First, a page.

When we read the Book of Genesis, we hear that we humans are made in the image and likeness of God. Does that mean that we are both human and divine? Yes – we are body and soul. We are not “little gods,” we are not just like Jesus, but we are not entirely different – we are the image and likeness of God; we have a divine essence.
Wayne Dyer is a popular spiritualist, and he said that we aren’t human beings having a spiritual experience, we are spiritual beings having a human experience. But while we spend lots of time worrying about our physical being (clothes, food, housing, money, sex, etcetera), we spend relatively little time concerned with our spiritual being.
A very wise man (it may have been Father Paul) was talking to one of the seniors at St. Thomas Aquinas High School. The conversation went something like this:
So what are you going to do when you graduate?
I’m going to university. I got my acceptance letter last month.
What did you do to get accepted?
Well, I worked really hard all through high school.
And what will you do after university?
I’ll get a job that pays lots of money.
And how will you do that?
Well, I’ll work really hard all through university.
And what will you do when you make lots of money?
I’ll buy a big house and a nice car.
And how will you be sure you keep that job so you can buy that house and car?
I’ll work really hard, and I’ll suck up to the boss if I have to.
And what will you do after you have the house and the car?
Then I’ll get married and have kids.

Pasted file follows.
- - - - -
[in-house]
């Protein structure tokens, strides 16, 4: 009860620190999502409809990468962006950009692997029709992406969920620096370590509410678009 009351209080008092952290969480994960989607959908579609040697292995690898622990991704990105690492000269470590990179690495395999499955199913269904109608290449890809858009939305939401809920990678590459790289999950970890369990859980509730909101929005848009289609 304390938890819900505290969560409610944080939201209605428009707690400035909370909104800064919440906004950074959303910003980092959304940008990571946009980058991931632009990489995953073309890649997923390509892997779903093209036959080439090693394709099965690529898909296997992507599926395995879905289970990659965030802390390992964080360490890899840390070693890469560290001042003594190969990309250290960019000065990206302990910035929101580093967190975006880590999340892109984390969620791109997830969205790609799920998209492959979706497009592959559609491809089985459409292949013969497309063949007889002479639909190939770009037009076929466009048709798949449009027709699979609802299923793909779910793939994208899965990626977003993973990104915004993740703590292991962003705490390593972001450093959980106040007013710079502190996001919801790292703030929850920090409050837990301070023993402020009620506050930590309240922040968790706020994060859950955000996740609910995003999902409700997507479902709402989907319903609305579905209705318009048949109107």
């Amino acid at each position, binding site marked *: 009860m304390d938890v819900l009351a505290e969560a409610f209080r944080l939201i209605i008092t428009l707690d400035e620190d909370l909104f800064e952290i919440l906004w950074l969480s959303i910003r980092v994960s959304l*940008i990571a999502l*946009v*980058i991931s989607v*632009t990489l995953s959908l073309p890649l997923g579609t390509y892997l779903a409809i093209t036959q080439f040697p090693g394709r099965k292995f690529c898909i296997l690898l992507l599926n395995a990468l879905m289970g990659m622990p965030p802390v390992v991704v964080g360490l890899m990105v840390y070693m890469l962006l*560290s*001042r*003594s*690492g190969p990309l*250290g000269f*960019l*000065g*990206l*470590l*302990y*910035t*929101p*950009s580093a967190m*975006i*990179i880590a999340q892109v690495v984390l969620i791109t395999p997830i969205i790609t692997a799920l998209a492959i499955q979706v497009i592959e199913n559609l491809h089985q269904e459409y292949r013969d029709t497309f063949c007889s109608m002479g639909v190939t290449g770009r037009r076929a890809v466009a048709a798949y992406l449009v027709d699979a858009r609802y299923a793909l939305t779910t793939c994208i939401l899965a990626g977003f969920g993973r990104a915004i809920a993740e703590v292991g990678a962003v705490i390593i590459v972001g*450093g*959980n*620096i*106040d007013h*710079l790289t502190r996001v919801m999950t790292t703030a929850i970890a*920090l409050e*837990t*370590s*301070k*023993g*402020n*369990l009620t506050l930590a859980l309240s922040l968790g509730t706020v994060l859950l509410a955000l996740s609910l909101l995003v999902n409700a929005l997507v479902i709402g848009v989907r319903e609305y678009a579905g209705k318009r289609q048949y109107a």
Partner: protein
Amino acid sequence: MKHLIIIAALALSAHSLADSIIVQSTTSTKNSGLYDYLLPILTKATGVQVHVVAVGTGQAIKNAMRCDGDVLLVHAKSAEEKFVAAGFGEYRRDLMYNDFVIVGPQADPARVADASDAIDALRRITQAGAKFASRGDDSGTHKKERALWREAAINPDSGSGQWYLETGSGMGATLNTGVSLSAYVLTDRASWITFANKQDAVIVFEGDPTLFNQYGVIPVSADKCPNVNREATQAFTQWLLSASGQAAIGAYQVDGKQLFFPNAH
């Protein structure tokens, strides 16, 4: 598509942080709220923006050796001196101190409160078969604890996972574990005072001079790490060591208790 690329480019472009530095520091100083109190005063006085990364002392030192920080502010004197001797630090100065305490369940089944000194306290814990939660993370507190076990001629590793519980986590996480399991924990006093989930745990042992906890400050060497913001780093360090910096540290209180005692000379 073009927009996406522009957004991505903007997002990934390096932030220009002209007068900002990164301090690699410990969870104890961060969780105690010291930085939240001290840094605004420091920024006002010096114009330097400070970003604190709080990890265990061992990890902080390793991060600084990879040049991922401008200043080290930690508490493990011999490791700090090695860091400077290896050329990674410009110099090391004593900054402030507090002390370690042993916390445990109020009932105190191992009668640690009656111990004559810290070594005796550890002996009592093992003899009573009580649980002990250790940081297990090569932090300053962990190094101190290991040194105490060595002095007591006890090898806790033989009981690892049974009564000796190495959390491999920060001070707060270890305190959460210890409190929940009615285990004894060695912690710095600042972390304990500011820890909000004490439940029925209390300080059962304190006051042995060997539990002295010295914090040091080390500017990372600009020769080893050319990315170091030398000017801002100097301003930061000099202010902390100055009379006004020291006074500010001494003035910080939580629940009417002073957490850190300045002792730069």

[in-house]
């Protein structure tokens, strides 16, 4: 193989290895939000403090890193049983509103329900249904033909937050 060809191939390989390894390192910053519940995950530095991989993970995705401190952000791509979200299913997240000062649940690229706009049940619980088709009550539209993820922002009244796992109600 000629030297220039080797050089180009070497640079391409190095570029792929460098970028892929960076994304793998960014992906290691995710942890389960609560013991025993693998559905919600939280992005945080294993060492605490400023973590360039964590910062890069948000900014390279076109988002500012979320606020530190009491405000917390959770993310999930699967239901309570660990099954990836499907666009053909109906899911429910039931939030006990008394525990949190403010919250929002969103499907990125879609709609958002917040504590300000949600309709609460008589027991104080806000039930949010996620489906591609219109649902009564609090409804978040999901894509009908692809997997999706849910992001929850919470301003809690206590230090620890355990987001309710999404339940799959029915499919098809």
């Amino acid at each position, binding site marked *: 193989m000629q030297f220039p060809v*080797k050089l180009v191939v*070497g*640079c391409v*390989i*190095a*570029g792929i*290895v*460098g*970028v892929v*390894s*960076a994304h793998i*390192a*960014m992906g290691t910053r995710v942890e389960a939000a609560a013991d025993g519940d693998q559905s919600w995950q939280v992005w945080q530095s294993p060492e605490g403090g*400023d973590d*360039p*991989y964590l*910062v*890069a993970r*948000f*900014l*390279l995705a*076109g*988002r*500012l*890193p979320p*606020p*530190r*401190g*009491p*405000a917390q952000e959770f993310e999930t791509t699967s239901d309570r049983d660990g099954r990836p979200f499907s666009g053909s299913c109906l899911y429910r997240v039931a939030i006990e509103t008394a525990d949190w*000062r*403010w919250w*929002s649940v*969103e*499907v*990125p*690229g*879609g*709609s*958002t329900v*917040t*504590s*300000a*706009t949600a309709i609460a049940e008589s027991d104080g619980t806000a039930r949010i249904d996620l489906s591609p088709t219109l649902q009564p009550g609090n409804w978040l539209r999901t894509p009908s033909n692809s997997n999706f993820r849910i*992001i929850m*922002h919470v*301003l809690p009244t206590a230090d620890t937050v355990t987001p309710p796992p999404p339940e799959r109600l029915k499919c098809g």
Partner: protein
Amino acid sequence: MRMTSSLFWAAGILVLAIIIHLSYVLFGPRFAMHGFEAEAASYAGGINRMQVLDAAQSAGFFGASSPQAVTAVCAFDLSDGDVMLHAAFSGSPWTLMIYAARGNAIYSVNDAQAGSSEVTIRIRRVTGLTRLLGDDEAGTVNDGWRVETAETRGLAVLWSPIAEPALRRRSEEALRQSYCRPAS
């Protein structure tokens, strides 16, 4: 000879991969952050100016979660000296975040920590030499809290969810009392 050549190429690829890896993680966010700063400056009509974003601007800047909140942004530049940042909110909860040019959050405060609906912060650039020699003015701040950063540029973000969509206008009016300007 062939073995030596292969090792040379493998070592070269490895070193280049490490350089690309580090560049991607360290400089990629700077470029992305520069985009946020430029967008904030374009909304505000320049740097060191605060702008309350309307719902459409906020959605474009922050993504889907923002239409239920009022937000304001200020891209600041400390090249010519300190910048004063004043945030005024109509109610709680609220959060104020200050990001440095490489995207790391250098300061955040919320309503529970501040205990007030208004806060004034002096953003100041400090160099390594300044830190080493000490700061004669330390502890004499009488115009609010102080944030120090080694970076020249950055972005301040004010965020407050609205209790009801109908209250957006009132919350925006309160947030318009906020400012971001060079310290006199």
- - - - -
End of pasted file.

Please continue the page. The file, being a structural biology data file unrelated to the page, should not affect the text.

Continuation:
How can you be so sure you’ll get married?
Well, I’ll keep myself in good shape, and girls like guys with lots of money.
What will you do after you have the family?
Well, eventually I guess I’ll retire.
And how will you prepare for retirement?
I’ll max out my RRSPs, put extra money away, and I’ll make sure I have hobbies or something to keep me busy when I stop working.
And what will you do after retirement?
What do you mean? There’s nothing after retirement.
Will you die?
Oh, yeah, of course.
And how will you prepare for dying?
This is getting too complicated. I think I’ve got a headache.
Like our fictitious friend, we try to plan for everything – careers, family, material possessions, retirement. Many of us make up a detailed list before we go to the grocery store, and I’m told that some folks make a written plan of what TV shows they’re going to watch each week.
The Ascension of our Lord reminds us that we’re really only “passing through.” Our real career, our real home – our real future – is with Jesus in heaven. Jesus’ time to be physically on earth was short, but as we hear over and over in the gospels, his focus was always on his Father – on his real home – our real home.
In the Gospel today, Jesus says: “The one who believes and is baptized will be saved; but the one who does not believe will be condemned.” But it’s clear that there’s more than just being baptized – there must be actions as well. Jesus says: “And these signs will accompany those who believe: in my name they will cast out demons, speak in tongues, pick up snakes, drink deadly things without being harmed, heal the sick.” Now some of these things, like picking up snakes and drinking deadly things, we don’t want to try at home. But Jesus is telling us two things: first, that if we are baptized followers we have to act – we have to do something; and second – when we act, he will be with us.
In the Ascension, we see so clearly the divinity and majesty of Jesus – our brother. We are reminded of the divine spark that we all carry – the divinity within each one of us – and we are asked to focus on those things that will bring us to our true, divine home.
St. Paul said it very well, and I’ll end with his words: “I pray that the God of our Lord Jesus Christ, the Father of glory, may give you a spirit of wisdom and revelation as you come to know him, so that, with the eyes of your heart enlightened, you may know what is the hope to which he has called you, what are the riches of his glorious inheritance among the saints, and what is the immeasurable greatness of his power for us who believe.” (Ephesians 1:17-19)